Nelson Mandela chats to Albertina Sisulu during the 50th anniversary of the Freedom Charter and the unveiling of the monument at Kliptown in Joburg in this June 2005 photo. Tributes have poured in for Sisulu, who died on Thursday at the age of 92. Picture: AP
The sorrow with which the death of Nontsikelelo “Mama” Albertina Sisulu was met last week has as much to do with the end of an era as it does with her absence in the world. As the last of her generation prepare their leave-taking, tributes to Sisulu may be read as obituaries of a way of being in the country she fought so hard to liberate.
With Nelson Mandela, she was among the last of those in the ANC who were young in the early 1940s when the Congress Youth League was in the making, and when her late husband Walter, with Oliver Tambo and Mandela, was fired by a conviction that he would change the shape of things to come. The return of Mandela to his Joburg home after a visit to his home village of Qunu, in the Eastern Cape on the day she died, lent a sad synchronicity to the event.
A tribute from the Mandela family called on “those of us remaining behind to heed the greatest lesson from her life: namely dedication, sincerity, humility and deep love for people, especially the poor”.
Those were the qualities in vogue, along with robust debate, that propelled the Congress Youth League forward as Albertina joined them in their committee meetings, largely in the role of “a kind of hostess”, as Ellen Kuzwayo noted in her autobiography, Call Me Woman. This would have earned her the disparaging label of “tea girl”.
She was starry-eyed, still, in 1944 when she attended the male-dominated political meetings, largely in support of her man. She and Walter had met by chance when he had arrived at the Joburg Non White Hospital where she worked, to visit his sister Barbie and his cousin Evelyn Mase, who was to become Nelson Mandela’s first wife.
That was in 1941. The electricity of their relationship is legend. Walter found Albertina “appealing”, she found him “handsome”, they went to the bioscope, he took her home to meet his mother.
Her own childhood had been a happy one, according to the family oral history Elinor Sisulu has drawn on in her comprehensive biography, Walter and Albertina, In Our Lifetime. It has been invaluable in researching this tribute.
Both her parents were descendants of the Mfengu people, from the Eastern Cape, where she was born. The second child of a peasant farmer and migrant worker, Bonilizwe Thethiwe and an ailing mother, Monica Mnyile, she was the eldest of eight girls in her extended family and it fell upon her to take care of them when her mother died.
The endurance she learned then was to serve her well in the lean years she was to face when Walter’s involvement with the struggle took him away from the hearth.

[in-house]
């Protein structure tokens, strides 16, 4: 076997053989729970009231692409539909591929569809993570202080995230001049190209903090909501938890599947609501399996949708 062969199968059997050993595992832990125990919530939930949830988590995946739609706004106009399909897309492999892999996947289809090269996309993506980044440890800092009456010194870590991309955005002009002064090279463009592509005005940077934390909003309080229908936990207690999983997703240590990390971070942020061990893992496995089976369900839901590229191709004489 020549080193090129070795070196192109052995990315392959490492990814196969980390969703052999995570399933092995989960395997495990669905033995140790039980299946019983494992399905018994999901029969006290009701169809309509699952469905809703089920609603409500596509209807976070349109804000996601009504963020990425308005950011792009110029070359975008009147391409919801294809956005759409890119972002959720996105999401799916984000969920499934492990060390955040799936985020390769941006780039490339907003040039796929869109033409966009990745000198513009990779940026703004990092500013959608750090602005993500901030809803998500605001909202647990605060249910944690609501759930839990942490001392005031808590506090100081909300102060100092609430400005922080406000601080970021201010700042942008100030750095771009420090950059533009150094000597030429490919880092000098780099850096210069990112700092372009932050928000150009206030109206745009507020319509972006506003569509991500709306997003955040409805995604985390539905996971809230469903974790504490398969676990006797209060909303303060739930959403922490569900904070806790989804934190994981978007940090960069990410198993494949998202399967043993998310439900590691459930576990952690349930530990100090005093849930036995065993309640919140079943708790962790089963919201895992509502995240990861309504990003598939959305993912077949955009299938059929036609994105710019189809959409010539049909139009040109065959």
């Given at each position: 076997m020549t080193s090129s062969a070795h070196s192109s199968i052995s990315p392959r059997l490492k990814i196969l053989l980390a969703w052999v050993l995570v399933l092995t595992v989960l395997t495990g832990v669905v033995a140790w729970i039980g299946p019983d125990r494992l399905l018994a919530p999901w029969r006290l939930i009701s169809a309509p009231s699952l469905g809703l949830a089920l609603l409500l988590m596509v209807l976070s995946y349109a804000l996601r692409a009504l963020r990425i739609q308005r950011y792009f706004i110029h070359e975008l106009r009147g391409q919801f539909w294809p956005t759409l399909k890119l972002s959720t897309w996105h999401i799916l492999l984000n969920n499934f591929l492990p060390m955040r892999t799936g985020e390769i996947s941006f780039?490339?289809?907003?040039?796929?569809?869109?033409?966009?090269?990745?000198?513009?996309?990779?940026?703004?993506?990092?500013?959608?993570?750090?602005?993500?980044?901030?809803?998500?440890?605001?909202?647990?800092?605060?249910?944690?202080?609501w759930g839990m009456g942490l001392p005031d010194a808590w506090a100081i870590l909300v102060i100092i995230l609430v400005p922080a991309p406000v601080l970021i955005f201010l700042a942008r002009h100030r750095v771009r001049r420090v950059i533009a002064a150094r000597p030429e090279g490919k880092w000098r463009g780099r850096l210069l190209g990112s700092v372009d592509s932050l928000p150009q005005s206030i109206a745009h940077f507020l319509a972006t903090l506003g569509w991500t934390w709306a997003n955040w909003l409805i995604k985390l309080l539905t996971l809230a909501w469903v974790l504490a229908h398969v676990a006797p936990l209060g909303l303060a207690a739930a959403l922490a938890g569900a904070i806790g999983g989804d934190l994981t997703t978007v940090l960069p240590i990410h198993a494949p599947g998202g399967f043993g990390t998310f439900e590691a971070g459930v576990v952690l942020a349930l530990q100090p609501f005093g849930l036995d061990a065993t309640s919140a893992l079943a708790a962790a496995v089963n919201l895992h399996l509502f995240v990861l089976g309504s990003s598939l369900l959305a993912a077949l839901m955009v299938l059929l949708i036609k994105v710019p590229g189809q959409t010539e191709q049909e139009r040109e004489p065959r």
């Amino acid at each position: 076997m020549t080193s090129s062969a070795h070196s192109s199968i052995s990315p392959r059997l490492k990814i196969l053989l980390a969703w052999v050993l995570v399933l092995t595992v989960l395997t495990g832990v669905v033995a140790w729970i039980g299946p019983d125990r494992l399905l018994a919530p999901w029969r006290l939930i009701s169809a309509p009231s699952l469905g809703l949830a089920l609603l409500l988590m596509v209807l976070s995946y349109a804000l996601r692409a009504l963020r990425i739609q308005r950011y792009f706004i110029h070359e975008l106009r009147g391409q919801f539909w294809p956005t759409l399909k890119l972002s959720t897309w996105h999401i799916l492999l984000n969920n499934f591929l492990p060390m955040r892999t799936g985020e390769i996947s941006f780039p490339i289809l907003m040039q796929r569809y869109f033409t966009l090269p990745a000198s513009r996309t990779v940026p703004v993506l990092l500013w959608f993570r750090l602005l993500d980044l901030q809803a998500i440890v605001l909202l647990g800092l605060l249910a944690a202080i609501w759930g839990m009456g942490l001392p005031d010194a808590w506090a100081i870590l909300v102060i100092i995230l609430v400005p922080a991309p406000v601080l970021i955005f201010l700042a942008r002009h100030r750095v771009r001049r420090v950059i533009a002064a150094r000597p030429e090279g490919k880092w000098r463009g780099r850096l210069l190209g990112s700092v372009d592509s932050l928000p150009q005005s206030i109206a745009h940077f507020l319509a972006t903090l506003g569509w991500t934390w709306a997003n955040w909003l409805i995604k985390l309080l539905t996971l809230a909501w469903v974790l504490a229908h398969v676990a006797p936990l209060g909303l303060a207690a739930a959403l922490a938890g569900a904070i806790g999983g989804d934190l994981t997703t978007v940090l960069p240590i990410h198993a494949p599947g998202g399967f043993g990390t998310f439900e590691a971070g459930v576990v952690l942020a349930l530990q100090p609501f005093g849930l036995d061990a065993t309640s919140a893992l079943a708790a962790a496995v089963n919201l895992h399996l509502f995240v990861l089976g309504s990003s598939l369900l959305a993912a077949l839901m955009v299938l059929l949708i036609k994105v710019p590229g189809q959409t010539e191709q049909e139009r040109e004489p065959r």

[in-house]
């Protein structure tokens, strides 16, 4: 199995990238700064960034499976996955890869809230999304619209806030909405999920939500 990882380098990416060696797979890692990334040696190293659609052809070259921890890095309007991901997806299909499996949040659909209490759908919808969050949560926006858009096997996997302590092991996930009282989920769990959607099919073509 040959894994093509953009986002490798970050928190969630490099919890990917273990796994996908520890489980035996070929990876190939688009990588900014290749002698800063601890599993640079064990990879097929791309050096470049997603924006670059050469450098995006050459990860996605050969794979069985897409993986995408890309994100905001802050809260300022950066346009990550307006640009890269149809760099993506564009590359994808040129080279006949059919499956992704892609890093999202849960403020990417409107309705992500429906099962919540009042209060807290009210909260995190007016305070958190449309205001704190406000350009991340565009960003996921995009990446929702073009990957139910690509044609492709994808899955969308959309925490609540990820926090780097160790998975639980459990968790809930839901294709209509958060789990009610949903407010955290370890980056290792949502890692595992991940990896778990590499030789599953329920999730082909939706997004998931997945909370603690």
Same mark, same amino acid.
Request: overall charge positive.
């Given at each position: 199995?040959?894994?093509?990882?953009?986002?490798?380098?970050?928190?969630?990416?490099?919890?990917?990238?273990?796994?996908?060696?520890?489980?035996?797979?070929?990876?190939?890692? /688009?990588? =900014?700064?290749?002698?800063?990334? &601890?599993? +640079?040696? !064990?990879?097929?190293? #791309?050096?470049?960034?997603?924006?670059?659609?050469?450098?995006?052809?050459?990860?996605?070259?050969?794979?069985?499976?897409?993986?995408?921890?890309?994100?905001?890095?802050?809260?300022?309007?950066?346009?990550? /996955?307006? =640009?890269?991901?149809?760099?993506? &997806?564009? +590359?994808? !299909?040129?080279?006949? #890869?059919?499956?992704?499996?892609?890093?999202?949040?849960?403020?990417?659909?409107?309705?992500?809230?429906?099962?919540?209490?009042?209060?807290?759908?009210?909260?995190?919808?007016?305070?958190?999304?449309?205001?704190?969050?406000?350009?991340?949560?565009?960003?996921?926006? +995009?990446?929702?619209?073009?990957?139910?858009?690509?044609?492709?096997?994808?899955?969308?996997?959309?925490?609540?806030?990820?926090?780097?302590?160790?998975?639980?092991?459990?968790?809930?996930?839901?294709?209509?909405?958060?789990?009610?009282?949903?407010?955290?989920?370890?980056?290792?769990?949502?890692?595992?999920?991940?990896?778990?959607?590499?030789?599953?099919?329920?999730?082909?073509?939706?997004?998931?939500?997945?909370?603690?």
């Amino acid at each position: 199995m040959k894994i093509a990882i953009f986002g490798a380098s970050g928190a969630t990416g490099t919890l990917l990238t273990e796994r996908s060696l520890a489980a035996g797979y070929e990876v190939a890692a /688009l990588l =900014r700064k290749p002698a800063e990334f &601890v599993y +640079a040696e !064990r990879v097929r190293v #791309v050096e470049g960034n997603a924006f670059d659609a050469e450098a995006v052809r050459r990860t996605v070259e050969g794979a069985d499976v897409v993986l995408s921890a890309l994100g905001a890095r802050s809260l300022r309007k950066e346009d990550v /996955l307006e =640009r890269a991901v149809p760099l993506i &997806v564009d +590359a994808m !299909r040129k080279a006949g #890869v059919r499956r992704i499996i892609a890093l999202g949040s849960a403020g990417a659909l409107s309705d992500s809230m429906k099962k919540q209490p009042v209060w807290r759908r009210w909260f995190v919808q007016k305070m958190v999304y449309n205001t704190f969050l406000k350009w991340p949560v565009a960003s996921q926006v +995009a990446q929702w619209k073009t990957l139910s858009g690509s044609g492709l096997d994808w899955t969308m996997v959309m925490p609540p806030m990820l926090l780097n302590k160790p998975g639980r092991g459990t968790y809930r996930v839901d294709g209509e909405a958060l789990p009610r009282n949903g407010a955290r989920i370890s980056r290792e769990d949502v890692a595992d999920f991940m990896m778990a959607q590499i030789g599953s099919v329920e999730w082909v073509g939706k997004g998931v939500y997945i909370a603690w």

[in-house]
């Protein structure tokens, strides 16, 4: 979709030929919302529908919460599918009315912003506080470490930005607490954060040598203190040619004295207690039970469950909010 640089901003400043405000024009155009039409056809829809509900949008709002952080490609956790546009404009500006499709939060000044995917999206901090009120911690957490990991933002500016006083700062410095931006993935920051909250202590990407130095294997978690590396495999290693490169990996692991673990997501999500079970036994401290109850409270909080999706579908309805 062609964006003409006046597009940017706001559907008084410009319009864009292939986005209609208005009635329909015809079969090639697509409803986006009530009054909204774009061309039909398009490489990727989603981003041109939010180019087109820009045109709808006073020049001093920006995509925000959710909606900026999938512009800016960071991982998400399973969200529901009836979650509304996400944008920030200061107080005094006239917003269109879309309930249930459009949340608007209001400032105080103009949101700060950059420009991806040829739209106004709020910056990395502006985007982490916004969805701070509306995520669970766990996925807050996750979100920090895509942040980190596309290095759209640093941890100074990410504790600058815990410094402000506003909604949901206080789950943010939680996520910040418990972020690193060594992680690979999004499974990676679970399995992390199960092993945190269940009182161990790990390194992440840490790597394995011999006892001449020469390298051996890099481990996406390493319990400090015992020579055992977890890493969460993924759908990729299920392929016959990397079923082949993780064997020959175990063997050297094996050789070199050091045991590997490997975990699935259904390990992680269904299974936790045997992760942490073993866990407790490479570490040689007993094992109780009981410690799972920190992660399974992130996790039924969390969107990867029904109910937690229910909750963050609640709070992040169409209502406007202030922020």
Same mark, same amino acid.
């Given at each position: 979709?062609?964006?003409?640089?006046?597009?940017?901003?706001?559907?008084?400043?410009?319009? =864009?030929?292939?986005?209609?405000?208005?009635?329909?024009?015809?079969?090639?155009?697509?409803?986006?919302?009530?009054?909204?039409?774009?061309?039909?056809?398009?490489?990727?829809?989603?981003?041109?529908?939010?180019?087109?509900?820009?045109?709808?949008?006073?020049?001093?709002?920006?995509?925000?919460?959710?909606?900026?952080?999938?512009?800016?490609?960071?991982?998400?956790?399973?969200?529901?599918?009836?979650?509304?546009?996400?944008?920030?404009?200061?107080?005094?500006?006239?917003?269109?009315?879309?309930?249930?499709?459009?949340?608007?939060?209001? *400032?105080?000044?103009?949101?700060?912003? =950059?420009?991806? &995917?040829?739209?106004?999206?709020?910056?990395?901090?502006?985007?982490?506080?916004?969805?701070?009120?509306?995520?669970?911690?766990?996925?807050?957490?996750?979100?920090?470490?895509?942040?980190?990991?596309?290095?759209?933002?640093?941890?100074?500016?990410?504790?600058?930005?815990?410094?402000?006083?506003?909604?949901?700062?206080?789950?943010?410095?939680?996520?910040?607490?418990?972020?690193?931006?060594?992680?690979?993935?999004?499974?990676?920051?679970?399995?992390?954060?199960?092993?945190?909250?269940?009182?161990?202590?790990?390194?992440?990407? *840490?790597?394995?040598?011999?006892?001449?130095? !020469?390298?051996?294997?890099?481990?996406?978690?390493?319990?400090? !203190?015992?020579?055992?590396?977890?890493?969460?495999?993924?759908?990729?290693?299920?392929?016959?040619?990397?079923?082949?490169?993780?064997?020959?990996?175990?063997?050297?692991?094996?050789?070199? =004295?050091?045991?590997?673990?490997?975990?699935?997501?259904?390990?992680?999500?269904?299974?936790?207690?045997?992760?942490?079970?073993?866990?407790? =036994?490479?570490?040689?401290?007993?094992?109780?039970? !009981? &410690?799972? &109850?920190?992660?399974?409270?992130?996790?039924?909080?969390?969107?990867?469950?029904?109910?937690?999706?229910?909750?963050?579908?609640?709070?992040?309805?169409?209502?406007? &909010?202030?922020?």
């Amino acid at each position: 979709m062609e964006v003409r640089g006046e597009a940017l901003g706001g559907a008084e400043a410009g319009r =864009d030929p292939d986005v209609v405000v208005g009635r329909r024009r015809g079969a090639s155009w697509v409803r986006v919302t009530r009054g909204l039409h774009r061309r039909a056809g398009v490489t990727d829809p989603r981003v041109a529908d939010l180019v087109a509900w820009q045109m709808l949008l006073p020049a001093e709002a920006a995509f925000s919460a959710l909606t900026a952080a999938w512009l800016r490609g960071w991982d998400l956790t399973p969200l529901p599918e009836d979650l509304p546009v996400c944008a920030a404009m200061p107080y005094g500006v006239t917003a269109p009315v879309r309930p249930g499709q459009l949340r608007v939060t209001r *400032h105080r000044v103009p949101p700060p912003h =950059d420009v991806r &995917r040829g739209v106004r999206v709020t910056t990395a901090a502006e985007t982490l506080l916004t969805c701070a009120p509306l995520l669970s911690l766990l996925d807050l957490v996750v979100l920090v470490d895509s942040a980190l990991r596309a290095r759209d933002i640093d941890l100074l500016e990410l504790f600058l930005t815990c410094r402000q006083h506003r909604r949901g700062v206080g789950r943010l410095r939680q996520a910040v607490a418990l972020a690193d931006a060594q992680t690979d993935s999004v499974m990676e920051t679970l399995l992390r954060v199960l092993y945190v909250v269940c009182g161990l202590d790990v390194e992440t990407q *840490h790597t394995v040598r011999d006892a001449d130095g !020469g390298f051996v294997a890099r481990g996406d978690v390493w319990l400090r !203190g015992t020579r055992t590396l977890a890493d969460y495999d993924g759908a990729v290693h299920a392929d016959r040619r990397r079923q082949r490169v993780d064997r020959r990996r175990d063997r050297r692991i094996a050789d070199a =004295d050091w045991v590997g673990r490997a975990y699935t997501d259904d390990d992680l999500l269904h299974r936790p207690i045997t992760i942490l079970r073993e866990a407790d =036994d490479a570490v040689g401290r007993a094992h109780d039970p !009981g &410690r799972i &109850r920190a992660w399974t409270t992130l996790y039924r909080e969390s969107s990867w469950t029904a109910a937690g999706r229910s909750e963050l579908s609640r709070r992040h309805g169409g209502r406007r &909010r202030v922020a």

Things got tougher when he went underground in 1963 after the Treason Trial. His 25-year incarceration on Robben Island was testing. Not only because she battled to put food on the table: after working as a nurse by day, she sewed lishweshwe dresses, knitted jerseys and baby clothes and bought eggs wholesale and sold them at a small profit. It was testing not only because she relied on support from friends of the family and the church, but because she had to learn to live without the proximity of Walter’s love.
But her early mission school years and the prestigious education she received on a bursary in Mariazell College in Matatiele in the Eastern Cape were not wasted.
It was obvious that the servitude that Kuzwayo thought she observed in Albertina at the Congress Youth League meeting was not to last – Kuzwayo, who was the only woman who succeeded in breaking into that all-male circle – may have thought better of her judgment.
Albertina was on 19 June 1963 to become the first woman to be imprisoned under the notorious 90 Day Act which allowed the state to hold suspects for 90 days without being charged. She told Drum magazine that “the loneliness was unbearable” and she was threatened that the state would take her children from her. Her first taste of prison life was also exposing.
Her political activity took off in the1950s, in the ANC Women’s League, in which she played leadership roles and which she helped to rehabilitate after the ANC’s unbanning in 1990 and the Federation of South African Women, of which she was at one time the president.
She was banned in August 1964 for five years, confined to the magisterial district of Joburg, which complicated visits to Robben Island, where Walter was sentenced for life in the Rivonia trial.
When she finally did get to Robben Island for a 30-minute visit in September 1964, it was unsatisfactory. Upon her return, she wrote to tell Walter that she had been admitted to Baragwanath Hospital with backache. This correspondence was to deepen as she strove over the years to keep Walter in the loop with his growing family and their activities, asking for his advice.
Albertina was banned for a continuous 18-year stretch, from 1963 until Walter’s release in 1989.
She spent time in and out of jail, the longest period being eight months after attending the funeral of ANC Women’s League veteran Rose Mbele.